I am an unabashed Paizo fanboy. I have been since the first volume of Rise of the Runelords was in my hot little hands. I’ve been a Paizo subscriber since the company was formed, in fact. I feel a lot of ownership in their stuff– like I’ve been there from the beginning. I know I’m biased, but considering the number of awards they’ve earned over their history for adventure design, layout, and production it’s easy to call them the best adventure-writing company in the business currently.
Their latest Adventure Path (a concept they pioneered way back in the Dungeon/Dragon days) is called Kingmaker, and it’s something of an experiment for them. The irony is that the experiment they are running is a version of the sandbox style of play, which gamers have been doing in one form or another since pretty much the beginning. Kingmaker is an attempt to hybridize the Adventure Path format with the Sandbox format, and I’m not sure anybody has tried to do that yet– and if they have, it hasn’t been done well enough to garner a lot of acclaim. But I trust Erik, James, Jason and the rest of the Paizo crew. If anybody can pull that knife-edge off, they can.
The Massive Internet Debate over which style of play is “better” is, as far as I am concerned, ludicrous. We play in an entirely subjective environment when we roleplay. Comparing one way of getting your fun with another way of getting your fun is comparing apples and Flux capacitors the way I see it. So long as the fun is being had, how you get there doesn’t matter to me one whit. Which is why when the trolls start screaming at the top of their lungs that “sandboxes have no resolution!” and “railroads enslave the players and take away free will!” I just want to laugh–loudly– in their faces.
I’m going to stop here for a moment to define terms as I see them. Sandbox is usually defined as a style of play with no over-arching plot that is the focus of the entire campaign. It usually is associated with a more Old School style of play, high character mortality, a more referee-style of GMing, as well as lots of exploration and situations where the encounters a party runs into are not specifically tailored to their level and abilities.
Adventure Paths, on the other hand, are a fairly tightly-scripted series of events, usually focused around a main antagonist and his/her plans for nastiness. Associated with the Storyteller/Director style of GMing– sacrificing full impartiality of the dice in favor of the story. Characters tend to die less because they are usually tied integrally into the storyline. Exploration is usually less prevalent and most encounters are usually calibrated to within a small margin of the party’s power level.
So what happens if we mishmash the two? Put them in a room together for a while, let them mate, and raise the little mutant baby to full health. Well, there’s a medium that already does this: video games.  From Baldur’s Gate back in the day to modern games like Fable, Jade Empire, and the recent Dragon Age: Origins, video game developers have done an incredible job of mixing up adventure path elements as well as more free-form sandbox elements to make for some supremely enjoyable results.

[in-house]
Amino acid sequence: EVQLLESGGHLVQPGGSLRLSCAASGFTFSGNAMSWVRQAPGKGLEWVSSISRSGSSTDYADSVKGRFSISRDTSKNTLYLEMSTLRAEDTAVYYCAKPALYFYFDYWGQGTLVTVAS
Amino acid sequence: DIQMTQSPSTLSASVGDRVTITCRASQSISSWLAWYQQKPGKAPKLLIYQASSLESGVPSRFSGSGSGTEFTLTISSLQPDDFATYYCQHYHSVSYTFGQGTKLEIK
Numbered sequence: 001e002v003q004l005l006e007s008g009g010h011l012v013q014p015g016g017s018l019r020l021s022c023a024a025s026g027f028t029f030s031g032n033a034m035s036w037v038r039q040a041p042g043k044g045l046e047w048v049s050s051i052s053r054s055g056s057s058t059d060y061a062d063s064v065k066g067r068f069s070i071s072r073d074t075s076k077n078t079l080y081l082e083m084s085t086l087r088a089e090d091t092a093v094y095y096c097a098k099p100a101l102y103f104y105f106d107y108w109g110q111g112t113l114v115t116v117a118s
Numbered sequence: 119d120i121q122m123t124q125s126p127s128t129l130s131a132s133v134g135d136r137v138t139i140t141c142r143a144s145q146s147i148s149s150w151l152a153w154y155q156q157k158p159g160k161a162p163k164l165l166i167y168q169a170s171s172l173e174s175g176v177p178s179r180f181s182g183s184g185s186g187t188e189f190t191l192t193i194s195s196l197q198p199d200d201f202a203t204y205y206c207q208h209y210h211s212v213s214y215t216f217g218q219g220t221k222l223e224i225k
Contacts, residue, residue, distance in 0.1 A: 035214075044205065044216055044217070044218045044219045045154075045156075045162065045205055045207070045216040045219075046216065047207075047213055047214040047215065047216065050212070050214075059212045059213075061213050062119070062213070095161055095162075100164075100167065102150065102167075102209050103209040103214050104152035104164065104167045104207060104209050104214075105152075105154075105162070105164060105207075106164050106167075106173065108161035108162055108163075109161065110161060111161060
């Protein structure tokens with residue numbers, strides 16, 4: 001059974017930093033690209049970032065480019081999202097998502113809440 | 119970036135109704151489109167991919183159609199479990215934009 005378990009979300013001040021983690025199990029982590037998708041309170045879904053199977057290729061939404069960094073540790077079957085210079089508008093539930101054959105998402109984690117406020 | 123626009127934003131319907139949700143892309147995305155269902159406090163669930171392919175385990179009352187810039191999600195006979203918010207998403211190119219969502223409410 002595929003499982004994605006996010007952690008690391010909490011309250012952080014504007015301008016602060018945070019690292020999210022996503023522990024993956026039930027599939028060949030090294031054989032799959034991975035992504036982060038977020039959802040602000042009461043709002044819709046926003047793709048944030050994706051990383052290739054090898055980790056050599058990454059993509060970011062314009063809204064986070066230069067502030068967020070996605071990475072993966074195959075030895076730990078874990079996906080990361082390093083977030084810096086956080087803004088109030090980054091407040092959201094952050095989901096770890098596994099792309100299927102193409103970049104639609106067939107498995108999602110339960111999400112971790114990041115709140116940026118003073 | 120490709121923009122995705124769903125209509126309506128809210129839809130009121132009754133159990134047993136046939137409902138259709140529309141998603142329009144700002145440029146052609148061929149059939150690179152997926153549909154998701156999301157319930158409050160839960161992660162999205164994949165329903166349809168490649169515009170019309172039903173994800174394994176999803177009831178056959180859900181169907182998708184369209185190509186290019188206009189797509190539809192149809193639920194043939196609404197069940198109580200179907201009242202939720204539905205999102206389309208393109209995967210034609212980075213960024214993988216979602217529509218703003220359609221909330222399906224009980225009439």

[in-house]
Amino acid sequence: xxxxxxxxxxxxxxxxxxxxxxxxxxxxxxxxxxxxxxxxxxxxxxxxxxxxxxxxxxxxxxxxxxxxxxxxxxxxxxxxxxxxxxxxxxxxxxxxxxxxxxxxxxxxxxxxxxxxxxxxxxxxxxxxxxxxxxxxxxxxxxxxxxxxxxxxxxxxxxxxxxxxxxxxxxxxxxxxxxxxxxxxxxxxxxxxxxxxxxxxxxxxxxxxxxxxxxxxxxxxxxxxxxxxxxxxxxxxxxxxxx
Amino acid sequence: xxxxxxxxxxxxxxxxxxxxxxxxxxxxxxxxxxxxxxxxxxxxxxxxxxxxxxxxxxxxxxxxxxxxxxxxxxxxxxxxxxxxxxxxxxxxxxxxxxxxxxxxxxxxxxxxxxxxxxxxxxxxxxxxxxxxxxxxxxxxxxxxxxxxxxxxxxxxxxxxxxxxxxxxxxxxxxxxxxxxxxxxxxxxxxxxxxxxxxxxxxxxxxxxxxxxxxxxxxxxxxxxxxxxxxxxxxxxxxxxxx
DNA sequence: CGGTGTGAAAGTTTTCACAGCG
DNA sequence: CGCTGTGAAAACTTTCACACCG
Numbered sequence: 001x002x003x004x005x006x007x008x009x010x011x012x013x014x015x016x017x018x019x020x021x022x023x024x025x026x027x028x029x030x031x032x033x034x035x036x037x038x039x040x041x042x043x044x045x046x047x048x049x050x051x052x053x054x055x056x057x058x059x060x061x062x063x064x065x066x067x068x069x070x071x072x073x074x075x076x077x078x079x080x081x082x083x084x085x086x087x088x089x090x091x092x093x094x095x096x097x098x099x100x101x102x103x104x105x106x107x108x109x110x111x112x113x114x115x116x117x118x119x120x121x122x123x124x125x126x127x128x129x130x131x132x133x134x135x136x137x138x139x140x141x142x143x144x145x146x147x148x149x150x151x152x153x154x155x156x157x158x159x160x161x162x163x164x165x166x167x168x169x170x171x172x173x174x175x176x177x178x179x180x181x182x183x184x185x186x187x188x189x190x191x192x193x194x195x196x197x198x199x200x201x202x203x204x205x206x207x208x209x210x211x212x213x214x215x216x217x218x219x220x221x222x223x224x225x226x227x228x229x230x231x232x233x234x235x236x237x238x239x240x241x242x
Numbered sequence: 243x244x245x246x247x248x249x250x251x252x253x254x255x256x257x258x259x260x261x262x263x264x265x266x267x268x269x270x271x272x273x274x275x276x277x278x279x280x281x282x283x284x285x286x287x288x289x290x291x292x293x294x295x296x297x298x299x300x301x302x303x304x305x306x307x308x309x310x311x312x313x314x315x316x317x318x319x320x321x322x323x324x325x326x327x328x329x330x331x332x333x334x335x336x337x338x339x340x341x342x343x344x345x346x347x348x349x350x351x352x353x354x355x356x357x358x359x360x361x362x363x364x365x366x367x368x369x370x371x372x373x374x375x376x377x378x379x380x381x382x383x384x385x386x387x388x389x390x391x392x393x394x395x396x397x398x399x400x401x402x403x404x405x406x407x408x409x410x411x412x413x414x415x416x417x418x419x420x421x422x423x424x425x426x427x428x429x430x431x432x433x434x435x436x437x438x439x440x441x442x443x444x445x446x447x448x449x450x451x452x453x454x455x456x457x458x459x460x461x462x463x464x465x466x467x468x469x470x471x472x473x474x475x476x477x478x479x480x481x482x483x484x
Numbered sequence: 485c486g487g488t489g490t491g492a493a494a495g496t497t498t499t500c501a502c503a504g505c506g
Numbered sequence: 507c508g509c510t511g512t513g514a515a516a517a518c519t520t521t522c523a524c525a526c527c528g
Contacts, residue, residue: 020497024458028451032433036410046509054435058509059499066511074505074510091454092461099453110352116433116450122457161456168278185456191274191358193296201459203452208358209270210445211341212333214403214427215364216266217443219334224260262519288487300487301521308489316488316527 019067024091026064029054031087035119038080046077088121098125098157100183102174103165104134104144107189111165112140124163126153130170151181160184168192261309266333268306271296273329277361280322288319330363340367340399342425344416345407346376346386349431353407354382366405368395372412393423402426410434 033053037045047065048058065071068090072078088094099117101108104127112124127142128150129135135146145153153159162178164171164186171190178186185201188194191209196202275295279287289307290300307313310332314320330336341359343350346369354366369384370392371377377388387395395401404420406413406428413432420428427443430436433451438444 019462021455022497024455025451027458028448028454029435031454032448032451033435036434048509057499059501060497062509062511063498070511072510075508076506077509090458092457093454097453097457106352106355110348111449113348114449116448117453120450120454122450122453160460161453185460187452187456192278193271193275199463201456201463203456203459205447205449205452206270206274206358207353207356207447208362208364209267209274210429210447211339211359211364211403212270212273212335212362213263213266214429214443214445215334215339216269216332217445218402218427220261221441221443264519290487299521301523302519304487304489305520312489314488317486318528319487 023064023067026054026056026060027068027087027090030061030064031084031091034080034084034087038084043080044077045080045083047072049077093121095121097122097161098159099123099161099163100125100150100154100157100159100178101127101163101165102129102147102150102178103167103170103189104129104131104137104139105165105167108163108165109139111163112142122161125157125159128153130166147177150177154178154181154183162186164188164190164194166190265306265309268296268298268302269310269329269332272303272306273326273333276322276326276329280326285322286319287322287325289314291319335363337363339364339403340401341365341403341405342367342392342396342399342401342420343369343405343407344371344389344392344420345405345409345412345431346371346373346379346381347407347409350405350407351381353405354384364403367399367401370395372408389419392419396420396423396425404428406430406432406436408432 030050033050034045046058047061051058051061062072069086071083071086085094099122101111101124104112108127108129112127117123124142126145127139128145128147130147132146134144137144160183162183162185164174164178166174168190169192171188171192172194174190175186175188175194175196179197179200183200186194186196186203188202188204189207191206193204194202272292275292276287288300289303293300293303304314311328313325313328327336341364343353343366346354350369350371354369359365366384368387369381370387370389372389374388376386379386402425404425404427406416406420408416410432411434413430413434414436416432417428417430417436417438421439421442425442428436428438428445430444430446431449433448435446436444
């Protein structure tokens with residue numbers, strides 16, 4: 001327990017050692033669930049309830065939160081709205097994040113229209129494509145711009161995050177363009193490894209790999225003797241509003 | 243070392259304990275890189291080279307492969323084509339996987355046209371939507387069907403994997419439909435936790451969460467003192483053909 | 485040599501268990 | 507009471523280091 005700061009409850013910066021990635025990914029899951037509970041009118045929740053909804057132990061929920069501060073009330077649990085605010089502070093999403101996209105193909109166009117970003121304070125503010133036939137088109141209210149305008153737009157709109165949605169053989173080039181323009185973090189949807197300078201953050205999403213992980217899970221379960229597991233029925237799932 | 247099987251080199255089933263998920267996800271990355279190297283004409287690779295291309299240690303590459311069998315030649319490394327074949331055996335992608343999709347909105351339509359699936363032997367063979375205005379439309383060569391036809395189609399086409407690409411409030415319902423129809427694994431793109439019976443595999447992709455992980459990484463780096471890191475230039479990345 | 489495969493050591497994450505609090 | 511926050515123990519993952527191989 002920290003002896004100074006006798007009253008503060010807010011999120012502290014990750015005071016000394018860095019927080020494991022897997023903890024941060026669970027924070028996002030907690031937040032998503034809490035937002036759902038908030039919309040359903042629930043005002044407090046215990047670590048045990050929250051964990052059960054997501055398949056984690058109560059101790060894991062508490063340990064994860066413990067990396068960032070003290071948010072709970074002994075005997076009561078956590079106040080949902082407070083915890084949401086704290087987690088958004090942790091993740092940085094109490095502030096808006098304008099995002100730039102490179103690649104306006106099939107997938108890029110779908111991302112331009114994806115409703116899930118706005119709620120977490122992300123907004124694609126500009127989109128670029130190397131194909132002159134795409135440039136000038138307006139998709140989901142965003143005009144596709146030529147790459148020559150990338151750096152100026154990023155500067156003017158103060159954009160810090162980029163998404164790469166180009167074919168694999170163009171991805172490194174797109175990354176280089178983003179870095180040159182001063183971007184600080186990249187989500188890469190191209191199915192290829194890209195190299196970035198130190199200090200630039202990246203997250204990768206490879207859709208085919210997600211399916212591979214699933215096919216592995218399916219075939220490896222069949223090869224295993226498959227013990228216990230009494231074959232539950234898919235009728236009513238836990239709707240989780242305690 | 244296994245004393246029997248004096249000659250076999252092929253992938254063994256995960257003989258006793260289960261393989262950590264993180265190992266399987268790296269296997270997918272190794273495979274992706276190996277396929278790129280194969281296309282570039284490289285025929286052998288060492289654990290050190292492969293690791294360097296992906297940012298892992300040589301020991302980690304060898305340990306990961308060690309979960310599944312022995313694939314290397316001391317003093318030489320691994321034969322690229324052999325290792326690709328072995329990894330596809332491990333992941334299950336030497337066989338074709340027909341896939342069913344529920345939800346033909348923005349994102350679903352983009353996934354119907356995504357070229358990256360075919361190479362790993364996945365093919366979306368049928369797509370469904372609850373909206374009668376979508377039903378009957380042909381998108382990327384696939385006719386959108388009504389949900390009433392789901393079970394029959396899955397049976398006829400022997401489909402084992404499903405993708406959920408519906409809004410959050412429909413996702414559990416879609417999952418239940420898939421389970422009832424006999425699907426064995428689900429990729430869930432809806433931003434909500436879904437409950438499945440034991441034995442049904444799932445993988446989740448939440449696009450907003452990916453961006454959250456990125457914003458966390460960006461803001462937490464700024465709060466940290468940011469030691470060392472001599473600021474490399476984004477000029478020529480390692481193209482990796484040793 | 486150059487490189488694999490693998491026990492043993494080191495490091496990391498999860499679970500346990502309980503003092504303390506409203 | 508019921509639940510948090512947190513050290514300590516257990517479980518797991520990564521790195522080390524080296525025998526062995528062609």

[VIDEO GAME SPOILERS AHEAD. YOU HAVE BEEN WARNED]
They combine an overarching storyline, often with multiple nested quests that chain to form the Big Picture. Dragon Age does an exceptional job of this because there are several mega-quests, each with their own numerous sub-quests, that can be tackled in any order. Your character is tasked with gathering allies from a bunch of different, disparate groups, and the tasks for gaining each group’s assistance can be tackled in any order. If you want to go talk to the elves first, you can, and tackle all those quests. Or you can talk to the dwarves, or the mages, or try to help the humans unite against a common foe… etc etc. The overarching metaplot demands that all these tasks get completed, but the order is entirely up to the player.
In these massive video game RPGs, a lot of things happen that we can mimic in our own tabletop games if we are looking to emulate the success of these games. Industry-wide, one of the biggest competitors for tabletop games are video games, so we might as well learn from the competition, no?
- Front-Load Your Story: If we’re mish-mashing sandbox and standard adventures, you’ve got a villain in the story. In nearly every successful video game RPG, the protagonist encounters the Big Bad Evil Guy/Gal somewhere near the very beginning of the game. Usually associated with some kind of horrific villainous event, the PC faces very early on the guy he’s going to have to kill at the very end. This creates a psychological link to the endgame, and helps keep the villain in the PCs mind as they progress. In DA:O, it’s the darkspawn. Baldur’s Gate had Sarevok. Jade Empire had Death’s Hand. To use a movie example, even Star Wars had Darth Vader stalking into that shiny white corridor in the first couple minutes of the flick. Putting your villains up front gives the PCs someone to hate– an amazingly motivating psychological force.
To continue the example in this post, if I’m going to build a campaign around the Iron Dwarves invading the rest of Brittanis, I need to figure out who I am going to present to the PCs as the villain (even if he’s not the actual BBEG. I can plot-twist that later if I so choose). Because 4E is so conveniently divided into tiers, I decide that I actually want THREE BBEGs, each forming a kind of nested metaplot. I personally find it easiest to work backwards here, figuring out the “biggest” badguy in the scenario and then figure out how the rest of the story unfolds underneath them. The story I developed earlier had the Iron Dwarves freeing themselves from the rule of the aboleths who created them… but what if the aboleths were still around?